Dental implants are designed to be permanent replacements for missing teeth, but occasionally, they can fail to integrate correctly with the mouth. Although more than 96 percent of dental implant procedures are successful, some patients have to have the implants taken out. Thankfully, you have control over the likelihood of your dental implants failing. Follow these tips to increase your chance of becoming a smile restoration success story. 1. Follow a Strict Dental Hygiene Routine
During puberty, your child's hormones may change quite significantly. While this is a natural part of the process of becoming an adult, hormonal changes may cause some problems over and above mood swings and emotional drama. Children going through puberty are more likely to develop problems with their gums. Changes in their hormone levels may make their gums much more sensitive than usual and more at risk of damage from bacteria.
Unfortunately, one of the more unpleasant side-effects of having dentures is halitosis, or bad breath. Halitosis is caused by bacteria in the mouth, the same bacteria that can gather on dentures. Therefore, it's very important to take good care of your dentures so you can have fresh-smelling breath once more. Clean your dentures Dentures have a tendency to absorb mouth odours, as they are made of acrylic, or plastic. Therefore, it's important that you remove your dentures every evening and give them a good clean.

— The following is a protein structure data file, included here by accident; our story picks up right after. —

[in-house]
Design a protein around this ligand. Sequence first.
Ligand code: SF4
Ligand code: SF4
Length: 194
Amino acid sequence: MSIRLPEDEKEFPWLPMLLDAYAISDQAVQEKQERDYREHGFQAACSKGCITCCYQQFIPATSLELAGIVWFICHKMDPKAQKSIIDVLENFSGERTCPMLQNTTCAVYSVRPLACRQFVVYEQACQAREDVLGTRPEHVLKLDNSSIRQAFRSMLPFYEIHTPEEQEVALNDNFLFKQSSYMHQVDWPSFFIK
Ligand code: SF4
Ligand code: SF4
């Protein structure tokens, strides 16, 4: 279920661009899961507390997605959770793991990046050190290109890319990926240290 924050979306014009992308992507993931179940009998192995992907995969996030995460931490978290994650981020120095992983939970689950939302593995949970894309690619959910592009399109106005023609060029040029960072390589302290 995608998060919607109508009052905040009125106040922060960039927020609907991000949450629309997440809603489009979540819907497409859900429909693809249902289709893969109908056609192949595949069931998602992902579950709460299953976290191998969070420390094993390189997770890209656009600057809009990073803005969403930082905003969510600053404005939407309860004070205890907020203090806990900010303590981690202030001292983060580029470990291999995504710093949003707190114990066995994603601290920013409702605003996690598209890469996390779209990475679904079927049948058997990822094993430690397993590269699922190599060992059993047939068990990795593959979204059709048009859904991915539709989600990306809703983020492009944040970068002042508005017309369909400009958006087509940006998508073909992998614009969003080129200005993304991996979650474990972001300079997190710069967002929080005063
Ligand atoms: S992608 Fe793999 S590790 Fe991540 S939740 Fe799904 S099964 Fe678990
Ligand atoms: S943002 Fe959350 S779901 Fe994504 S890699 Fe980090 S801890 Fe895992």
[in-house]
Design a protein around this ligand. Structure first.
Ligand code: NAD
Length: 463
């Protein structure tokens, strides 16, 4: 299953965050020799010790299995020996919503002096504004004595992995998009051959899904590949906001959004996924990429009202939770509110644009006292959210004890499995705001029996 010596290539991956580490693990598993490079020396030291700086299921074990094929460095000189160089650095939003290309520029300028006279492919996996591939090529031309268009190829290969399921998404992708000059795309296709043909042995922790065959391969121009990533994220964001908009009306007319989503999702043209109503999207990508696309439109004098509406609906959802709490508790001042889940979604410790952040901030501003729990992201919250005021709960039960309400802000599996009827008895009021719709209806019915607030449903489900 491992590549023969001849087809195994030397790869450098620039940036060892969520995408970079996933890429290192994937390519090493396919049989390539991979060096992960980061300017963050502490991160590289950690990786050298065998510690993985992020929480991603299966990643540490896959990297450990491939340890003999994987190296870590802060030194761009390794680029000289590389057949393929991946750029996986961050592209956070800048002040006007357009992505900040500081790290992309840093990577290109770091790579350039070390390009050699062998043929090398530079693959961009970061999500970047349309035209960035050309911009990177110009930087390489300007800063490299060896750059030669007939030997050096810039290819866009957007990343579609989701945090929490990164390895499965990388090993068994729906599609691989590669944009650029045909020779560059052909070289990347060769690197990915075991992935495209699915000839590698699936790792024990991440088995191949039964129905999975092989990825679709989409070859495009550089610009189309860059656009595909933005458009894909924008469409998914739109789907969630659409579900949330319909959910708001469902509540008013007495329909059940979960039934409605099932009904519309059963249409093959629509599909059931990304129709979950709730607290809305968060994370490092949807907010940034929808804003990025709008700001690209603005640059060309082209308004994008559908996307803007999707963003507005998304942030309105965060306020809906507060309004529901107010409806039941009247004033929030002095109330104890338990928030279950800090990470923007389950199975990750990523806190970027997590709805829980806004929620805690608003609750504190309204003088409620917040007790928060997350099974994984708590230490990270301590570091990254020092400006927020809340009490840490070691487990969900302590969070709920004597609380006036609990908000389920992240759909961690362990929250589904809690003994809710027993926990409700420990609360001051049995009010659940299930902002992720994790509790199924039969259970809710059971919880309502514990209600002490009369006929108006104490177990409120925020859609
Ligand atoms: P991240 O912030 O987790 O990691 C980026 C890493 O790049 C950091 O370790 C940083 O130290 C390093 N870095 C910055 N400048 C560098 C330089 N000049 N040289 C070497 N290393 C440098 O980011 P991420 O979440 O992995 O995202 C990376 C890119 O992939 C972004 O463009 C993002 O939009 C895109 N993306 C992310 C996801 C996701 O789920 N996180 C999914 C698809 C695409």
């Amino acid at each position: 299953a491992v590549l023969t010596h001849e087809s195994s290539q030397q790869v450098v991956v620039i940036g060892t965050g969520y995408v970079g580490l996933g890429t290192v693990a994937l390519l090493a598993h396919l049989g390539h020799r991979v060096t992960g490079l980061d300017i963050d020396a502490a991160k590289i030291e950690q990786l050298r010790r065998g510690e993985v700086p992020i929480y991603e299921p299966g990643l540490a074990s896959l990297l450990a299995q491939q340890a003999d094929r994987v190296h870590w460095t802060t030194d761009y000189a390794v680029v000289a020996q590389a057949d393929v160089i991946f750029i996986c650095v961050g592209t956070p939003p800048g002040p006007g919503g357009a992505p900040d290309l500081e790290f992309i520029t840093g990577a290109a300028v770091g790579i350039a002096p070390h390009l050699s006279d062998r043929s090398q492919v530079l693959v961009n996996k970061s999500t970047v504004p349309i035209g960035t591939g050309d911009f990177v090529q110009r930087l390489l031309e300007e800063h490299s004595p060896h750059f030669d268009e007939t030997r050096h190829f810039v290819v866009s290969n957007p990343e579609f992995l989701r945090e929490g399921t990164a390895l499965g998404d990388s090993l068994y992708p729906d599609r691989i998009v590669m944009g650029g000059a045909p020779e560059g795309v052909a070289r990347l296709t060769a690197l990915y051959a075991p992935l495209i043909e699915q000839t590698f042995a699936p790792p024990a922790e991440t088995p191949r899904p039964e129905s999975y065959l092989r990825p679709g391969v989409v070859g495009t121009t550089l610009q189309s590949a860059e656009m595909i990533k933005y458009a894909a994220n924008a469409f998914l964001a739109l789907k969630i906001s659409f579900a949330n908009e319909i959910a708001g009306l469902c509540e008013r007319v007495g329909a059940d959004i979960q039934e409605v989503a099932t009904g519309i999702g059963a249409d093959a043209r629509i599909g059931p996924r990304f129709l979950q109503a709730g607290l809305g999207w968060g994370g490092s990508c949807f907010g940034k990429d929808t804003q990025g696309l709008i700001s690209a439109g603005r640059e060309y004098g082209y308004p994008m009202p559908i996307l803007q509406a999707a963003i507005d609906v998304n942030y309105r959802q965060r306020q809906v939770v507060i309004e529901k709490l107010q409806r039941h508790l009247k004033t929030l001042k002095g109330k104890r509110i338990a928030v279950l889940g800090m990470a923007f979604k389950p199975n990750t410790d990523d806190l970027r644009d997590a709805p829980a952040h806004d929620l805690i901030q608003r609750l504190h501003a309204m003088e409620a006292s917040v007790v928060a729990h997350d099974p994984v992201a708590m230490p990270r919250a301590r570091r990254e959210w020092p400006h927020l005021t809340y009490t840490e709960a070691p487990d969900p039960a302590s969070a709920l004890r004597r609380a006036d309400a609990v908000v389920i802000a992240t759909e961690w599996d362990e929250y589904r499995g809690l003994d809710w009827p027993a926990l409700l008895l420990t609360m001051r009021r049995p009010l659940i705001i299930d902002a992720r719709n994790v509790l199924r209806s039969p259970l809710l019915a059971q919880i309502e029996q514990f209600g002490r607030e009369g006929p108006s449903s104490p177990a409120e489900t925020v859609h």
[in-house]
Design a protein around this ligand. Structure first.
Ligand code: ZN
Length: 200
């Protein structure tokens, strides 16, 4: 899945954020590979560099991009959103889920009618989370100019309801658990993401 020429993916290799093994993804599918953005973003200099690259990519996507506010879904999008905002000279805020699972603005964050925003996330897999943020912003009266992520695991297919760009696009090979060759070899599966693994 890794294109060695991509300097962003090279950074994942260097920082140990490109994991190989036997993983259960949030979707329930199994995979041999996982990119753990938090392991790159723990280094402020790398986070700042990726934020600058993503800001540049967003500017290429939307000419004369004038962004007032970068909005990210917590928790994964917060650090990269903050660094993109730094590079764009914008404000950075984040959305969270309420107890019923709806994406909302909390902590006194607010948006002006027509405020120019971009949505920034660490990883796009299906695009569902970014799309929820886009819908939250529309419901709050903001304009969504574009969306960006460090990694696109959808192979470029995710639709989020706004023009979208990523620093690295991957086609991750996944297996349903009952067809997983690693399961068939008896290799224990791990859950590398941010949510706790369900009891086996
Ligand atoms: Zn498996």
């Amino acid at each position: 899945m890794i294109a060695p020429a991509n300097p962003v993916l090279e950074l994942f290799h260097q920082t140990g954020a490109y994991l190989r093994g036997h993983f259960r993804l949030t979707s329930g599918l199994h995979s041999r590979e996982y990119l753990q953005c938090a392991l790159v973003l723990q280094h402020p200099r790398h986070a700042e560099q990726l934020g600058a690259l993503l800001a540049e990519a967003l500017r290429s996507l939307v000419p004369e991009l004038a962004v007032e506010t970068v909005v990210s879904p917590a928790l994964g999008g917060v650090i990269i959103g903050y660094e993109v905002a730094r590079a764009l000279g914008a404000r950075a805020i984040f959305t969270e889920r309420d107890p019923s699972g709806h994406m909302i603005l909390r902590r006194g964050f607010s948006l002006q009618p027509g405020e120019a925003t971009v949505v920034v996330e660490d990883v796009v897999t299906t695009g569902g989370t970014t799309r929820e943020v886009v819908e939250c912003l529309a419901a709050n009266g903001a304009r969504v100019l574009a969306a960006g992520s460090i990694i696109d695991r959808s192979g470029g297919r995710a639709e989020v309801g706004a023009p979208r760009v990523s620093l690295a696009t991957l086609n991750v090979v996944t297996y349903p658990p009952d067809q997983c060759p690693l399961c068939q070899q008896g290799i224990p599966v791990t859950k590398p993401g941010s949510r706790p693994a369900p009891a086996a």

Whenever you drink a glass (or two) of red wine, you'll probably notice that your teeth quite quickly start to show signs of staining. With the occasional drink, the problem often goes away almost immediately, but heavier drinkers may start to notice a more substantial discolouration problem. What is it about red wine that means your teeth can so easily change colour? Find out here. Why teeth stain There are two types of tooth discolouration.
Wearing dentures for the first time can be a bit uncomfortable, and perhaps even more so for those who have gone without a full set of teeth for some time. Getting accustomed to the weight and feel of teeth once again can take some time, and it might also require a bit of practice when it comes to chewing and talking with new dentures. If you're a first-time denture wearer, note a few things you should keep in mind about your new dentures and about using them and keeping them in place.